Saint Thomas of Canterbury, Bolton

Stay with us, Lord, on our journey

Cycle C

Thirtieth Sunday in Ordinary Time

Tissot - pharisee & tax collector.jpg

 Luke 18.9-14

"Lord, be merciful to me for I am a sinner"

The Pharisee of today's parable was, if we take him at his word, a man of outstanding merit. Fasting twice a week, giving tithes of all his possessions, here was a man who went well beyond the prescriptions of the Law, a man truly dedicated to his religious duties. Surely, in justice, God was bound to give him credit for all his virtue. Here was a man who had no need to ask God's forgiveness, indeed no need to ask for anything at all. In fact, it would seem really that he had no need even of God – for he “stood there and said this prayer to himself”.

In contrast, the tax collector “stood some distance away”, probably hiding in the shadows, “not daring even to raise his eyes to heaven”. His way of life was poles apart from that of the Pharisee's. He worked for the occupying Roman power and made his living by charging extortionate rates of tax, even from the poor, from which he could take his cut! He has nothing to talk to God about but the honest truth that he is “a sinner”. He can do no more than ask God for mercy, and his prayer is heard – “he went home again at rights with God”.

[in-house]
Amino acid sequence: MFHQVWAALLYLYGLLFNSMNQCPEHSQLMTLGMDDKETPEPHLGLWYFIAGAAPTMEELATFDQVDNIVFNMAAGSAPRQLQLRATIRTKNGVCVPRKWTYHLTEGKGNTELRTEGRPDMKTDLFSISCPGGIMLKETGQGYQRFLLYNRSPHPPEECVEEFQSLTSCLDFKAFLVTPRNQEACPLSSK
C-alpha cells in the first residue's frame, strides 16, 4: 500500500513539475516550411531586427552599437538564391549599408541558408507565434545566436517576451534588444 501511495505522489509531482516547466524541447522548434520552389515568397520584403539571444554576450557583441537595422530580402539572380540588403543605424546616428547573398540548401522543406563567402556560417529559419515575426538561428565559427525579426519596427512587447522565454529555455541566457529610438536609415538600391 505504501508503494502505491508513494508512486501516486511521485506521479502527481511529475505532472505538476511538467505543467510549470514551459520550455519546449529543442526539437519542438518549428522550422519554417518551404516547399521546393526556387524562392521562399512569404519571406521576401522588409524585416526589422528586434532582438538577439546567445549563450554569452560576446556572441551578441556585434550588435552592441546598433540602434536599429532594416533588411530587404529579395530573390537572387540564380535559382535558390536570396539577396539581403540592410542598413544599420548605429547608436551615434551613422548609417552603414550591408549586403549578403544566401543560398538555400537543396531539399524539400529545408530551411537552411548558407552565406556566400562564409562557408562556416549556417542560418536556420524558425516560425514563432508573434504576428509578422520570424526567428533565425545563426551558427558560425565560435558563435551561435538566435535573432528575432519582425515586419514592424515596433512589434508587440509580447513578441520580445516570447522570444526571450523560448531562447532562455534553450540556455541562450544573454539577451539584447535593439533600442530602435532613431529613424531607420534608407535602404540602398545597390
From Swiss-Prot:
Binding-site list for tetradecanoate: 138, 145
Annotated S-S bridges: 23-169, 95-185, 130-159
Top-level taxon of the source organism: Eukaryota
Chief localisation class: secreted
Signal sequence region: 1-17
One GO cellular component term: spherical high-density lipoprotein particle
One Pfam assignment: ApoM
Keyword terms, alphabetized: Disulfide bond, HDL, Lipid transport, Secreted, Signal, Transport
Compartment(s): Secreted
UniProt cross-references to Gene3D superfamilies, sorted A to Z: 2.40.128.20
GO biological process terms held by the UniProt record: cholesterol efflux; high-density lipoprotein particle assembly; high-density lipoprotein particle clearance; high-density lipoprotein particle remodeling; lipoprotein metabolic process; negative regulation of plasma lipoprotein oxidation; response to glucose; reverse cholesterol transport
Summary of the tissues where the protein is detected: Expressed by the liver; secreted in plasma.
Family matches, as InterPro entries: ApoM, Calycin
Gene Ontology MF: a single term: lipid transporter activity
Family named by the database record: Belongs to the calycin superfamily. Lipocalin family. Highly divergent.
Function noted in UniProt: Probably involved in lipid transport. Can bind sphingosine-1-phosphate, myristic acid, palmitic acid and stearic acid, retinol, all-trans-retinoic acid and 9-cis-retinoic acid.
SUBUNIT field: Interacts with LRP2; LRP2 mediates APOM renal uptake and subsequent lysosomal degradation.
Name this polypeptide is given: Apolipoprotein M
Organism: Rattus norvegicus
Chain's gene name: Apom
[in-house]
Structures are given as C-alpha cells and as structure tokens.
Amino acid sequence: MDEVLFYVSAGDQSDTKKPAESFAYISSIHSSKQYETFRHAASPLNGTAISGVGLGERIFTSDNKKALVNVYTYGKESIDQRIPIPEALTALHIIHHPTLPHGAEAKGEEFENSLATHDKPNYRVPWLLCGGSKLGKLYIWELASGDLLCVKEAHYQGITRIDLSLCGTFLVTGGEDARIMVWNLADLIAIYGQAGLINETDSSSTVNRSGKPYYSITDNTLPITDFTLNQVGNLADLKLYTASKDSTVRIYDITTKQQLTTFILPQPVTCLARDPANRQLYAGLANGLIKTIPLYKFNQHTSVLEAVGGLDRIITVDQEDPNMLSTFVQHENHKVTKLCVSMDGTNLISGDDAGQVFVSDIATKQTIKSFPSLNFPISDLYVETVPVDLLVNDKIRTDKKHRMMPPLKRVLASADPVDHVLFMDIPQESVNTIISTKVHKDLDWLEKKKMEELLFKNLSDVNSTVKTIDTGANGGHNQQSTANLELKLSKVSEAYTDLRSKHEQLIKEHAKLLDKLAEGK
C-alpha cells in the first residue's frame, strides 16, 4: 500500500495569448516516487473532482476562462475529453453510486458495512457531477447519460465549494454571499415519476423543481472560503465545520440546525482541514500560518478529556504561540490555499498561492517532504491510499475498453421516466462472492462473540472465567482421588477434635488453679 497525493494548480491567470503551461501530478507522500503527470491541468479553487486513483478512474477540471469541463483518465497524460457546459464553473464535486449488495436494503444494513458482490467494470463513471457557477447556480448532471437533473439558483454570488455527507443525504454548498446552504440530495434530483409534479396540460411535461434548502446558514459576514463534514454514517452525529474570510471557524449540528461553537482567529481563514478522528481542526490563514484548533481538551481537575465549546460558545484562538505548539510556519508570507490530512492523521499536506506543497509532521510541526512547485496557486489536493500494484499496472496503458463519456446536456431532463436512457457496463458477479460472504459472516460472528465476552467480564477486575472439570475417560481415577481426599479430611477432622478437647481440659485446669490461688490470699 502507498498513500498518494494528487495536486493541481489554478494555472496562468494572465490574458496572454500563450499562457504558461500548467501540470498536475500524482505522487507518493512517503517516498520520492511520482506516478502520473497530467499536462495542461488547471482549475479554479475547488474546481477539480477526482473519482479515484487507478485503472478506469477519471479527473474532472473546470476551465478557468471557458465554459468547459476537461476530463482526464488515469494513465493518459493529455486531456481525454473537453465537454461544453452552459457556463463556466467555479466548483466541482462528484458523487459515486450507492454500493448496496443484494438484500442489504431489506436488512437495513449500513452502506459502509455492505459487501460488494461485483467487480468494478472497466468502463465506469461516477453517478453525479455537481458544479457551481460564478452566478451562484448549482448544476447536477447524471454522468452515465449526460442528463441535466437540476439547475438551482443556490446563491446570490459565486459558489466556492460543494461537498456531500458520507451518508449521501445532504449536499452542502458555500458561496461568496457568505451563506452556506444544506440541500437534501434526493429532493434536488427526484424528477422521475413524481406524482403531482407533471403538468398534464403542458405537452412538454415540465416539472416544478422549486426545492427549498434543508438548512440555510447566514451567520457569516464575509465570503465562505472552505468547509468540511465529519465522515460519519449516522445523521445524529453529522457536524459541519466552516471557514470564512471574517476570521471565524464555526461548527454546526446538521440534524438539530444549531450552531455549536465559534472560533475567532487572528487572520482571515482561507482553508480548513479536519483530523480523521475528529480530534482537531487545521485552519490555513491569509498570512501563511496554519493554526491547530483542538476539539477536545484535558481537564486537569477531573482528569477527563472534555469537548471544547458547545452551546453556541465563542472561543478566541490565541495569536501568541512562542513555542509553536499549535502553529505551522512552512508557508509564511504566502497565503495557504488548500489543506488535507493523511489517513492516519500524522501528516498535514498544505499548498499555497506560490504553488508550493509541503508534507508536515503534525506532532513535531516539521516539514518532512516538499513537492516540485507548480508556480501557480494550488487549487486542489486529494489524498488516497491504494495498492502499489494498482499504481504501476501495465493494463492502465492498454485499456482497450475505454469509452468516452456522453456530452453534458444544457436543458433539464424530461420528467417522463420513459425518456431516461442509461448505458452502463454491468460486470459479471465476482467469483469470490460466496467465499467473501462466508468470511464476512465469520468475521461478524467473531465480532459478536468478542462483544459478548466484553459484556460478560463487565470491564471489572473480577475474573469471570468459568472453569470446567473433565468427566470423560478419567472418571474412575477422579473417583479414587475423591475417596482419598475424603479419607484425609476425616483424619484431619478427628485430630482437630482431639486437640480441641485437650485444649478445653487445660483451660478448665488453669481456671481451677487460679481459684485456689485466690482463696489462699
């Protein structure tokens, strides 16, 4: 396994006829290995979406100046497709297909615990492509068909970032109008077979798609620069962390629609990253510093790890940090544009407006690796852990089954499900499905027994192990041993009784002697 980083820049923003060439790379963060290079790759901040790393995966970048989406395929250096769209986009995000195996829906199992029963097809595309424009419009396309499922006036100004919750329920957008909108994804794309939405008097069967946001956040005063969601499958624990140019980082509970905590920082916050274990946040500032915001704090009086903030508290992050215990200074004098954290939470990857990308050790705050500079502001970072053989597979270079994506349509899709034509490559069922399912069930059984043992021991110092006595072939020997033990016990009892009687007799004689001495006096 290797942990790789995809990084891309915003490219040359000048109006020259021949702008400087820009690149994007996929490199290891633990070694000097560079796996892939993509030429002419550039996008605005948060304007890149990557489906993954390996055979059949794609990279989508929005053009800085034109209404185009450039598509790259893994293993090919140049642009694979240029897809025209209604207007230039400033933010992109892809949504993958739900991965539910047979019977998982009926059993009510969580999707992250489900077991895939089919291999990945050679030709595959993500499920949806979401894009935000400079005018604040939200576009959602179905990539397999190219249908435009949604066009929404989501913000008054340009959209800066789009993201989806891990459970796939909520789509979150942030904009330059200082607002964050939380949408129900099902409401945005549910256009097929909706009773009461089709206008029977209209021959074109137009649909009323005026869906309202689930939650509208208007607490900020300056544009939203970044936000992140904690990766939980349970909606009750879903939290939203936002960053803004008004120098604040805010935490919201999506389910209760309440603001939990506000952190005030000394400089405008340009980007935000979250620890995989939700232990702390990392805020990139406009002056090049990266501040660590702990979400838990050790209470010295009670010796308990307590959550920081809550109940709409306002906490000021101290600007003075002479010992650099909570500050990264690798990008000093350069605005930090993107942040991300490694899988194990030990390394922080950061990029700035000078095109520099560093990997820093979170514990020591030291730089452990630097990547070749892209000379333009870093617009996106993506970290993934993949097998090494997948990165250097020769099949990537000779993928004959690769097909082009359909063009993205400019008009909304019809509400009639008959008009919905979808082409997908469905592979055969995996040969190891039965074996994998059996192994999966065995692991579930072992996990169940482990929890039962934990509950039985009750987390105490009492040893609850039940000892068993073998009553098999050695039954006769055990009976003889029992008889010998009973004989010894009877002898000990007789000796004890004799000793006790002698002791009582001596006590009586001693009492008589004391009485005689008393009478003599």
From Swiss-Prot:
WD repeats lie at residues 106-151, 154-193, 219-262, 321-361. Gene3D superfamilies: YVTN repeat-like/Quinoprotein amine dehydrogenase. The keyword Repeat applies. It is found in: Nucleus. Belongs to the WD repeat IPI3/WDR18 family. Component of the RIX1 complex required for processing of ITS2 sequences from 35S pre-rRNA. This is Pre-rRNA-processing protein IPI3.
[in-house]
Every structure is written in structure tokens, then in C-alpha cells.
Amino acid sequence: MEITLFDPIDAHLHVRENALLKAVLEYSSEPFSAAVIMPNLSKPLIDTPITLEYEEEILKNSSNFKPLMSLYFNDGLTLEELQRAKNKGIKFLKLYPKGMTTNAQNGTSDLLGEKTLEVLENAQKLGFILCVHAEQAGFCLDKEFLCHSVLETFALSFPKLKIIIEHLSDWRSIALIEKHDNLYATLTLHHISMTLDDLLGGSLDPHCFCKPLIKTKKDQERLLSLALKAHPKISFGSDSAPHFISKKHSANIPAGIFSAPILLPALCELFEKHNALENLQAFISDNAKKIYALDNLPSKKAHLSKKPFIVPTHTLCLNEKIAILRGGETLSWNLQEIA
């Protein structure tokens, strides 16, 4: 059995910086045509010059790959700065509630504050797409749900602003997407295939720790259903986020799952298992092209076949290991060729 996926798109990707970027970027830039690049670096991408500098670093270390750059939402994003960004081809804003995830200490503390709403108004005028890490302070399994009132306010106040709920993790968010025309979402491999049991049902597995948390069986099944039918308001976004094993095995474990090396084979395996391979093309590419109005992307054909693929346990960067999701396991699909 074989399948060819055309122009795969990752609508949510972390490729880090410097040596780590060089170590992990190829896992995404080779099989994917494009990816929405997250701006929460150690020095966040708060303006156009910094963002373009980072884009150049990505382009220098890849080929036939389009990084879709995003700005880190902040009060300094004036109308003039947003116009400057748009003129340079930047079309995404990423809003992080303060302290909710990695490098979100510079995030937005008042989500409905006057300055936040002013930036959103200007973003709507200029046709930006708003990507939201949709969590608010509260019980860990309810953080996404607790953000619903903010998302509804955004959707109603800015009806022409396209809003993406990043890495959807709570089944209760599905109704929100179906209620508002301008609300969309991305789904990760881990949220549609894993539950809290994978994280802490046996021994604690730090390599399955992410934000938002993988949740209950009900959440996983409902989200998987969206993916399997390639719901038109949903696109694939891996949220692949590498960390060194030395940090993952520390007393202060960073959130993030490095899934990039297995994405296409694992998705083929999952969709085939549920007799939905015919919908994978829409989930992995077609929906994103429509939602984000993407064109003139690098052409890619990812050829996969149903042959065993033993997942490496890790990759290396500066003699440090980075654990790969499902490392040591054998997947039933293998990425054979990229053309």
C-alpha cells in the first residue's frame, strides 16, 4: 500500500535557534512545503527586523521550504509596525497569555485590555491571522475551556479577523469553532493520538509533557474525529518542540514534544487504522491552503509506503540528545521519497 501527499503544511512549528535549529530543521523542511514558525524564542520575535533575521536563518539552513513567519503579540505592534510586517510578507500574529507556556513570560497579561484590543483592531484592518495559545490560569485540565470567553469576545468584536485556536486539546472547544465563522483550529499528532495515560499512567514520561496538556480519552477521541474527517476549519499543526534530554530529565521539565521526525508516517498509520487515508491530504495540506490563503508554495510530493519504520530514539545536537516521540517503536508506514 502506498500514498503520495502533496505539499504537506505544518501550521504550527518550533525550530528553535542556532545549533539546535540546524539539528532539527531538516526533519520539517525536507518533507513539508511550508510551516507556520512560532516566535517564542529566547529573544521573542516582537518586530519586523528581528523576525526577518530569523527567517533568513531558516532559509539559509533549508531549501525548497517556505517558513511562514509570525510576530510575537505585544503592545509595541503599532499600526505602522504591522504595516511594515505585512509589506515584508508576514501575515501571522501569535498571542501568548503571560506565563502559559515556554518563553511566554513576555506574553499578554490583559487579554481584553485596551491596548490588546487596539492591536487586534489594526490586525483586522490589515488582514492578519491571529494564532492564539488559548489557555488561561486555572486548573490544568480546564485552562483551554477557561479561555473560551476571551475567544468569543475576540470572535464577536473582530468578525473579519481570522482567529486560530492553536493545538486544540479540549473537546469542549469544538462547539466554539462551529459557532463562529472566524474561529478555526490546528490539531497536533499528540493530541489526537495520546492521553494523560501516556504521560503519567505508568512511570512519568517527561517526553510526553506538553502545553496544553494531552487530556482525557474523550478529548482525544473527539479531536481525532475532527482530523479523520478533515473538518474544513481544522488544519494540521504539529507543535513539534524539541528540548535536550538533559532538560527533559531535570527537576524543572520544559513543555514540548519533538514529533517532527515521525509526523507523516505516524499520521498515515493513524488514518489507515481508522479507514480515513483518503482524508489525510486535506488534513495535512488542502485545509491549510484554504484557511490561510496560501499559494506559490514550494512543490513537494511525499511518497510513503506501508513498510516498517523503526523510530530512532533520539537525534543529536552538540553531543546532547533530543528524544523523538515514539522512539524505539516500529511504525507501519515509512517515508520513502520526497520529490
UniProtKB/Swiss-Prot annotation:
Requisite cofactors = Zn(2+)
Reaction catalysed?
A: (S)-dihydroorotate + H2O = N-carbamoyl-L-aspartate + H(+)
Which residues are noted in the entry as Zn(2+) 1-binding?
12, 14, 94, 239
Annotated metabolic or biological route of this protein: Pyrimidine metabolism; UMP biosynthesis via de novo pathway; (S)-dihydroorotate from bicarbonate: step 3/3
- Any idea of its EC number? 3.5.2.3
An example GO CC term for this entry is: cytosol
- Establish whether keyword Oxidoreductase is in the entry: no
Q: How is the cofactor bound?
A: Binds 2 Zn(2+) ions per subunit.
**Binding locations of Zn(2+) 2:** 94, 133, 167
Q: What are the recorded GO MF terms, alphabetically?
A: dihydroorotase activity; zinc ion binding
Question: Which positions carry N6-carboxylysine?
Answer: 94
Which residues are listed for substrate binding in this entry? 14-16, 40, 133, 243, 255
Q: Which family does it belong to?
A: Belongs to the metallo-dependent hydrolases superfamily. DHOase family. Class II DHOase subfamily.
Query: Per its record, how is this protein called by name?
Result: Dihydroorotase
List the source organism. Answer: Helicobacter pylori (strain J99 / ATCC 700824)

Jesus addressed this parable “to some people who prided themselves on being virtuous and despised everyone else”. Once again he challenges the ways of the world, including the world of religious practice. There is simply no place for judging others. In our prayer we must face up to our own weakness and brokenness, our need of the help, love, patience and forgiveness of God and neighbour. We come to church not because of our worthiness, but because of our need. We admit we are sinners, but sinners willing to try to do better. So we humbly seek the healing mercy of God and the understanding support of one another.